Researchers from MIT and colleagues from the US, Germany France and India discovered that when you combine a topological insulator (bismuth selenide) with a magnetic material (europium sulfide) you create a material that one can can control its magnetic properties. The new material retains the electronic property of the topological insulator and also the full magnetization capabilities of the magnetic material.
The researchers were surprised by the stability of that effect - in fact the material exhibited those great properties at room temperatures, which means that this hybrid material can be used to create spintronics devices.
Researchers from the Helmholtz-Zentrum demonstrated that topological insulators are suitable for Spintronics applications. The researchers showed how the spins of the electrons in topological insulators can be controlled.
The researchers used circularly-polarized laser to investigate samples of antimony-telluride, a topological insulator. Using the rotational direction of the laser, it is possible to initiate and direct spin-polarised current. The researchers also succeeded to change the orientation of the spins.
Researchers from the University of Utah developed a new topological insulator made from bismuth metal deposited on silicon. This material may be very suitable for quantum computers and fast spintronic devices.
This new material has the largest energy gap ever predicted. It can also be used alongside silicon so this material may be relatively easy to be used alongside current semiconductor technology.
Professor Laurens Molenkamp from the University of Würzburg has been awarded a Gottfried Wilhelm Leibniz Prize from the German Research Foundation (DFG). This prestigious award comes with a €2.5 million (almost $3.5 million).
Laurens Molenkamp is regarded as one of the fathers of semiconductor spintronics. He was also the first researchers to succeed in the experimental realization of topological insulators.
Researcher from North Carolina State University developed a new material, strontium tin oxide (Sr3SnO) that is a dilute magnetic semiconductors and can be integrated into silicon chips. This means it may be useful for room-temperature Spintronics devices.
The researchers created this material as an epitaxial (single crystal) thin film on a silicon chip. They actually wanted to test whether it is a topological insulator, but surprisingly found out that it has magnetic semiconductor.
The Semiconductor Research Corporation, and the Defense Advanced Research Projects Agency (DARPA) has awarded a $28 million five-year grant to open the Center for Spintronic Materials, Interfaces, and Novel Architectures, or C-SPIN. This is a multi-university and industry research center that aims to develop technologies for spin-based computing and memory systems. C-SPIN's research areas include perpendicular magnetic materials, spin channel materials (including topological insulators, monolayer MoS2 and graphene), spintronic interface engineering, spin devices and interconnects and spintronic circuits and architectures.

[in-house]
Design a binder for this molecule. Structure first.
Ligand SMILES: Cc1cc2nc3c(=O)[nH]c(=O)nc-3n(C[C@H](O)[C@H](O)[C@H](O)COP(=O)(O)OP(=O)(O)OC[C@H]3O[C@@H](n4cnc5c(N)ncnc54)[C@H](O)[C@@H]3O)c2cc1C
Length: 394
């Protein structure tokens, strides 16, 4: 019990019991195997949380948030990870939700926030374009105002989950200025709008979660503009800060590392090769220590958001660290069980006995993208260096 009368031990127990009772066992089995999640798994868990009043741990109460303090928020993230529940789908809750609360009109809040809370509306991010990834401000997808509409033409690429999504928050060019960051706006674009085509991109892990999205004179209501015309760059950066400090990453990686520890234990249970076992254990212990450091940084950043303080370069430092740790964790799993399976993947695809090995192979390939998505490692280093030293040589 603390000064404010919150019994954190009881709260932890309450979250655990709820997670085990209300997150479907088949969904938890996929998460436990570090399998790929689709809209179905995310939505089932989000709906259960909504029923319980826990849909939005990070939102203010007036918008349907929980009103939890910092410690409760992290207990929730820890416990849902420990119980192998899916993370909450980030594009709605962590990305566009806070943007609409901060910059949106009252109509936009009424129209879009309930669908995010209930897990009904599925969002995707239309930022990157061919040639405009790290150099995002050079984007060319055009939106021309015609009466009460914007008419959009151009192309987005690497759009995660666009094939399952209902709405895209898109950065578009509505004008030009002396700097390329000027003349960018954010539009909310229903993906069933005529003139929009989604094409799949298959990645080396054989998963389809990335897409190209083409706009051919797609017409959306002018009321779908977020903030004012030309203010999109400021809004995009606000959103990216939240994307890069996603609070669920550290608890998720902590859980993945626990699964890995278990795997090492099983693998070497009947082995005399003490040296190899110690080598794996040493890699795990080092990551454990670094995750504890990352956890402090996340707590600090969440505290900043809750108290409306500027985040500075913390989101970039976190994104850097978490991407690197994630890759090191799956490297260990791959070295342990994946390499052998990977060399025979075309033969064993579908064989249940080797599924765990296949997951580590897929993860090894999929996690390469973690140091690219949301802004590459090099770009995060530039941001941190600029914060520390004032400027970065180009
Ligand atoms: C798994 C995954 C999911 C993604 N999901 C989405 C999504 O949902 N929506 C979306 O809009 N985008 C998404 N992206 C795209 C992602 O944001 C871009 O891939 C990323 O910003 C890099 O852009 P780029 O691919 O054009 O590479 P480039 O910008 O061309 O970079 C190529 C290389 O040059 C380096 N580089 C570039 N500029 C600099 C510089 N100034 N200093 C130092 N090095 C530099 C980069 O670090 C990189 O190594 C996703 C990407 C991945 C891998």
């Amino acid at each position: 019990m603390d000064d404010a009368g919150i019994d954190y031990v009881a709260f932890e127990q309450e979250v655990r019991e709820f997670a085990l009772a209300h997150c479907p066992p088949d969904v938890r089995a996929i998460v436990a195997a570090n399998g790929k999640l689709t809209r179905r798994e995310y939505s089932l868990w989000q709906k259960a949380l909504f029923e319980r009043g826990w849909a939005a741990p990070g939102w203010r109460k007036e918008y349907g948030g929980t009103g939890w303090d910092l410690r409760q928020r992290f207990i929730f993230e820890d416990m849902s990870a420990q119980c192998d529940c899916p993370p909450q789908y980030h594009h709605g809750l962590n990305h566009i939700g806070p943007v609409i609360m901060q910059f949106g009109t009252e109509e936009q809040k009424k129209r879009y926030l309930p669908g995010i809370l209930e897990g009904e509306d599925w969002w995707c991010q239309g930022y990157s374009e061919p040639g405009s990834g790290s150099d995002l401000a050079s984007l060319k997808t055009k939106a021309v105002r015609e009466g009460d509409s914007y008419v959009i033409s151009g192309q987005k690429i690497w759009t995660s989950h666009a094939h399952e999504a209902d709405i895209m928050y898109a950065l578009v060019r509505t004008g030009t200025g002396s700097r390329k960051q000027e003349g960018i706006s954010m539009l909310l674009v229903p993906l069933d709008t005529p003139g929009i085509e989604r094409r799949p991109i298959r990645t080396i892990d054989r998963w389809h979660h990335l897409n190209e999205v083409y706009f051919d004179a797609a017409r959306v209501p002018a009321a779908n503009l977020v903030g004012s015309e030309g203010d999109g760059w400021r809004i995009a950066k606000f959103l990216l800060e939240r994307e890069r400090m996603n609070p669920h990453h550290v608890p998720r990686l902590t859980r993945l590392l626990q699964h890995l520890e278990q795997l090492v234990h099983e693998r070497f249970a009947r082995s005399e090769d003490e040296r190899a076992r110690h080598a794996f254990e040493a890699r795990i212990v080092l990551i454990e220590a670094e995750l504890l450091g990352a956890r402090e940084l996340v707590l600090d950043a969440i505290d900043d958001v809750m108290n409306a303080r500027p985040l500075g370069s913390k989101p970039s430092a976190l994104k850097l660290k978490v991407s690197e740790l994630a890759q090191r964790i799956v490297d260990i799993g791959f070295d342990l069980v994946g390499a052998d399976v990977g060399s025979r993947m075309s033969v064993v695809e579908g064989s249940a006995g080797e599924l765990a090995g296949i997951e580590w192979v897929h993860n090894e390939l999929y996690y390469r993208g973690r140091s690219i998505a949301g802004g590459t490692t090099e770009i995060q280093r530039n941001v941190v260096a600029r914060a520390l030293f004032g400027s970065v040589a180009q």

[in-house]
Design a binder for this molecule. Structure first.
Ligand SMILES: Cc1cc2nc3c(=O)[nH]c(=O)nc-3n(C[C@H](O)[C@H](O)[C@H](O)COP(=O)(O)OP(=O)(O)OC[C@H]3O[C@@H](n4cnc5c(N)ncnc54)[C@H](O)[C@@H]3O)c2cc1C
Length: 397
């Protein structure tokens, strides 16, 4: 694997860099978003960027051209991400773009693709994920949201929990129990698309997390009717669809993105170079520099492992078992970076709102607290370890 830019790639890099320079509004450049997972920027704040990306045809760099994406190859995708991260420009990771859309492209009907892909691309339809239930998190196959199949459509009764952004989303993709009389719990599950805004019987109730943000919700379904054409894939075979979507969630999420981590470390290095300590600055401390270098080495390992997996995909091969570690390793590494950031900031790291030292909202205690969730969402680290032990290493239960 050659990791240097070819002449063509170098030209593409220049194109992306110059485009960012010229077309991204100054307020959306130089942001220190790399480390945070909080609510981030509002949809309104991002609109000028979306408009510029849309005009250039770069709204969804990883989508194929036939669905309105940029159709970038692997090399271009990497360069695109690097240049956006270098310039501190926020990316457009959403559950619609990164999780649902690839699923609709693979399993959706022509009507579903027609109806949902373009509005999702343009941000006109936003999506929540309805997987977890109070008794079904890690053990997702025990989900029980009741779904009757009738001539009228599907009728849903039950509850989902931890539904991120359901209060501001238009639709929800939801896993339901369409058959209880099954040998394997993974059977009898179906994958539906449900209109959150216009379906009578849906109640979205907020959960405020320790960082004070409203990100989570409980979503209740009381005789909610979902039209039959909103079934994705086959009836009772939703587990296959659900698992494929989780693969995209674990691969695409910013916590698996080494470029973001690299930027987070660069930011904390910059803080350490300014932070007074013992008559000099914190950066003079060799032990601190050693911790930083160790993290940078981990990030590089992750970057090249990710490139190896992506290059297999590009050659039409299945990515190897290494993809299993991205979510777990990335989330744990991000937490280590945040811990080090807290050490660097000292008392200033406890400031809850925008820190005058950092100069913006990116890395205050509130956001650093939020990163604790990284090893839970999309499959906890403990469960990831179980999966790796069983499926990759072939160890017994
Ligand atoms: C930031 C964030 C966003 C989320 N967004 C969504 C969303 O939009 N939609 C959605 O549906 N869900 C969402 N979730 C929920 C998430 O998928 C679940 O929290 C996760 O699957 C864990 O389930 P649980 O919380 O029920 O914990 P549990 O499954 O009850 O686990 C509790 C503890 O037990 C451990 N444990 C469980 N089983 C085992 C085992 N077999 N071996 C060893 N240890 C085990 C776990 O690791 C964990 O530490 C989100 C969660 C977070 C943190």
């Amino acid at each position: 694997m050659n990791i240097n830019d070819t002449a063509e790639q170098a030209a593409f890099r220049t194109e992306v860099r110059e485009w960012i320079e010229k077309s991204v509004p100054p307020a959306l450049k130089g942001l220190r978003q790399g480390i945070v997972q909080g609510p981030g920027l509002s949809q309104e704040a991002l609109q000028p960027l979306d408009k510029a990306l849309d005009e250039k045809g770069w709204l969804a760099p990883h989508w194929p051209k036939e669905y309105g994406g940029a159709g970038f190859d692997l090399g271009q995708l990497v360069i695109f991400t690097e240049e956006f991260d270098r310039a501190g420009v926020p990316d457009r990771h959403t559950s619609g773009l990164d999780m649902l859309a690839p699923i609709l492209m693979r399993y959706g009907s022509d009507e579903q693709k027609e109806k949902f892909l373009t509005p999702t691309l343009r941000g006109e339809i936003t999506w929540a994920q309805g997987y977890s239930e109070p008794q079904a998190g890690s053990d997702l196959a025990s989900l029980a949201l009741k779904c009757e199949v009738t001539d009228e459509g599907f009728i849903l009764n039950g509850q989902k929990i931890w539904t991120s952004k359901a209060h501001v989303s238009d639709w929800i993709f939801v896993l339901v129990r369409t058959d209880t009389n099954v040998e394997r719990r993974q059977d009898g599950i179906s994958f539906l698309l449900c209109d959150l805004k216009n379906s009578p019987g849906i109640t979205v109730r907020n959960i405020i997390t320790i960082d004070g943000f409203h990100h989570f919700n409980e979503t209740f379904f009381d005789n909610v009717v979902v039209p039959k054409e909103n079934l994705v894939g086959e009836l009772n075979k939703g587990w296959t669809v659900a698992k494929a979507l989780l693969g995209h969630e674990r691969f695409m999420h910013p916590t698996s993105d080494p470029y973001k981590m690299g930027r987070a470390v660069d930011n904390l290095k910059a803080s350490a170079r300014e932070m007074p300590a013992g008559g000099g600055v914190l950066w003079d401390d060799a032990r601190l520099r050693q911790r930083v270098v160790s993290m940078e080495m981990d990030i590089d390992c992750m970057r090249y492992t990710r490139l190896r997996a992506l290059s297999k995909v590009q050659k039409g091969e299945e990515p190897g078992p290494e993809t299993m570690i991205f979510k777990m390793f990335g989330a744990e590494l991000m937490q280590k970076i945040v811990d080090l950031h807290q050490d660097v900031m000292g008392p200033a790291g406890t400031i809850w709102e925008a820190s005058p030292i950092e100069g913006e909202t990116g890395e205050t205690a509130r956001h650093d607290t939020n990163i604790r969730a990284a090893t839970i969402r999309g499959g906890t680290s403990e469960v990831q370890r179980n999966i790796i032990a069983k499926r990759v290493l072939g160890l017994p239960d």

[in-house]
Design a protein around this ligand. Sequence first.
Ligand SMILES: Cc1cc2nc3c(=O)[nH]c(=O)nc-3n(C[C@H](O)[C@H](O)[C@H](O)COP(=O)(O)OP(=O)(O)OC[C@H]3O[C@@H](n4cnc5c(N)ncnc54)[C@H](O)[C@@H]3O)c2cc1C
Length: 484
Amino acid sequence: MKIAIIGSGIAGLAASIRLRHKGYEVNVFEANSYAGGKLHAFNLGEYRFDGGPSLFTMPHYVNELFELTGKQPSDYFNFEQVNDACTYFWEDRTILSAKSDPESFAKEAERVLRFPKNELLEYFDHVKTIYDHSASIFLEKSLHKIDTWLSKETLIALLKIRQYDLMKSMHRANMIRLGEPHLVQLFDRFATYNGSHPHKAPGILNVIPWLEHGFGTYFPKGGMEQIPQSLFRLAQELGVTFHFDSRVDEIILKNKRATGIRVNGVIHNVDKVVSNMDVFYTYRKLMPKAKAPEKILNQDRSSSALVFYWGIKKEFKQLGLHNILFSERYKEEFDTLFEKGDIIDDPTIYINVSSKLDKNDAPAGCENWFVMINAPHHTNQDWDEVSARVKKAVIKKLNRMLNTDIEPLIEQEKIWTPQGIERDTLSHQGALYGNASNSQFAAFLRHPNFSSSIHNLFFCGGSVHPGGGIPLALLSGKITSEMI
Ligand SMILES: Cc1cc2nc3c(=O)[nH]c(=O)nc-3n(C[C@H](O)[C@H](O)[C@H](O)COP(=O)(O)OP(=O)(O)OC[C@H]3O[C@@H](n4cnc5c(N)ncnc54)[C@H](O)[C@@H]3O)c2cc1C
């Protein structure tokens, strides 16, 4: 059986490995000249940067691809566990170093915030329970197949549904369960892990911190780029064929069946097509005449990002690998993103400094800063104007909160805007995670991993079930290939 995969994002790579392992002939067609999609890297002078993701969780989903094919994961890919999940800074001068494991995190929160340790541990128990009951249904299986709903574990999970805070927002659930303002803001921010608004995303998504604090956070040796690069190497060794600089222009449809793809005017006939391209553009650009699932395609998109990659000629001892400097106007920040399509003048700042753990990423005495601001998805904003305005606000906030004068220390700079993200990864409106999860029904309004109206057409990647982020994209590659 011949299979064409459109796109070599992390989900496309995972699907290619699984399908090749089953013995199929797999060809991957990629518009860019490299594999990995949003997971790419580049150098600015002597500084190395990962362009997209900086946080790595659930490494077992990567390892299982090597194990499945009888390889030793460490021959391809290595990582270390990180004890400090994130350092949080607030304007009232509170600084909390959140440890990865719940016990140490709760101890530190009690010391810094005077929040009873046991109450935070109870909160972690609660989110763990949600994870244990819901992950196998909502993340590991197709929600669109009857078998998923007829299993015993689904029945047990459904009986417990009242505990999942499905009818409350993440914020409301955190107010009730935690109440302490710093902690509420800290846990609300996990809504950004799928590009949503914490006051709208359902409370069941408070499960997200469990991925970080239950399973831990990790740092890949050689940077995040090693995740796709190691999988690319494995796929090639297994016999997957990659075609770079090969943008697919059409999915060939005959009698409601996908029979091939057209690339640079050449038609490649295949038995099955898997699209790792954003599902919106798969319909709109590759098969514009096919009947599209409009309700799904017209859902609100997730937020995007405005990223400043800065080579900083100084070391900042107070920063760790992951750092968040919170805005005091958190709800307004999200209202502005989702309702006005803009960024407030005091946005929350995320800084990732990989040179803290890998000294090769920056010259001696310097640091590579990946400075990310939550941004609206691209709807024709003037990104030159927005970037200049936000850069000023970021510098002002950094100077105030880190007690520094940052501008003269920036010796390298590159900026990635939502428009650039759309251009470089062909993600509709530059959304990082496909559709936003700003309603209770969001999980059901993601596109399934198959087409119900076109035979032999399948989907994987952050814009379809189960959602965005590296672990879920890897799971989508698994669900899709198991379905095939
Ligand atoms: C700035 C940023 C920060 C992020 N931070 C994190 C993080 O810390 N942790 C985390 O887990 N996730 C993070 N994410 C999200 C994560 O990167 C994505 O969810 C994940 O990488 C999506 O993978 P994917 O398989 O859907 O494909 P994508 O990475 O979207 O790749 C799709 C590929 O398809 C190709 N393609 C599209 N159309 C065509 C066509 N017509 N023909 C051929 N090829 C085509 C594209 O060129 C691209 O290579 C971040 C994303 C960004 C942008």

University partners include the University of Minnesota-Twin Cities, Carnegie Mellon University, Cornell University, MIT, Johns Hopkins University and the University of California, Riverside. Industry partners include IBM, Applied materials, Intel, Texas Instruments and Micron.
Researchers have discovered a new wide class of topological insulators (materials that are insulators in the bulk but conductors at the surface) that have very promising properties. These new TIs may enable tuning both electronic and spin (that is, magnetic) properties by using different compounds and confirms the possibility to grow topological insulators with deep-laying, self-protecting and, thus, technologically relevant conducting states. This may have applications in spintronics and quantum computation.
Electron spin-splitting effect (Rashba effect) was demonstrated in a semiconductor (Bismuth selenide) that is far larger than has ever been seen before. This could lead the way towards room-temperature spintronic devices. The Rashba effect is the phenomenon of spin splitting with an applied electric field instead of a magnetic field.
The Rashba effect is crucial for spintronic devices: for example when designing spin transistors, electrons of a single spin are injected and then – under an applied electric field – have their spins rotated. Rashba effect in well-established semiconductors (silicon or gallium arsenide for example) is very small - and so electrons have to travel large distances before any spin rotation is noticeable. This requires very pure materials and very low temperatures.
Researchers from Japan have succeeded in directly observing electron spins in a topological insulator (Bi2Te3). Topological insulator is a promising material for Spintronics because its "edge" can serve as a conducting path depending on the spin polarization.
The magnitude of the out-of-plane spin polarization is 25% at most compared to the in-plane counterpart. The researchers say that the out-of-plane spin polarization exists because of the hexagonally deformed Fermi surface in the Bi2Te3, because it does not exist in TlBiSe2 which has a circular Fermi surface.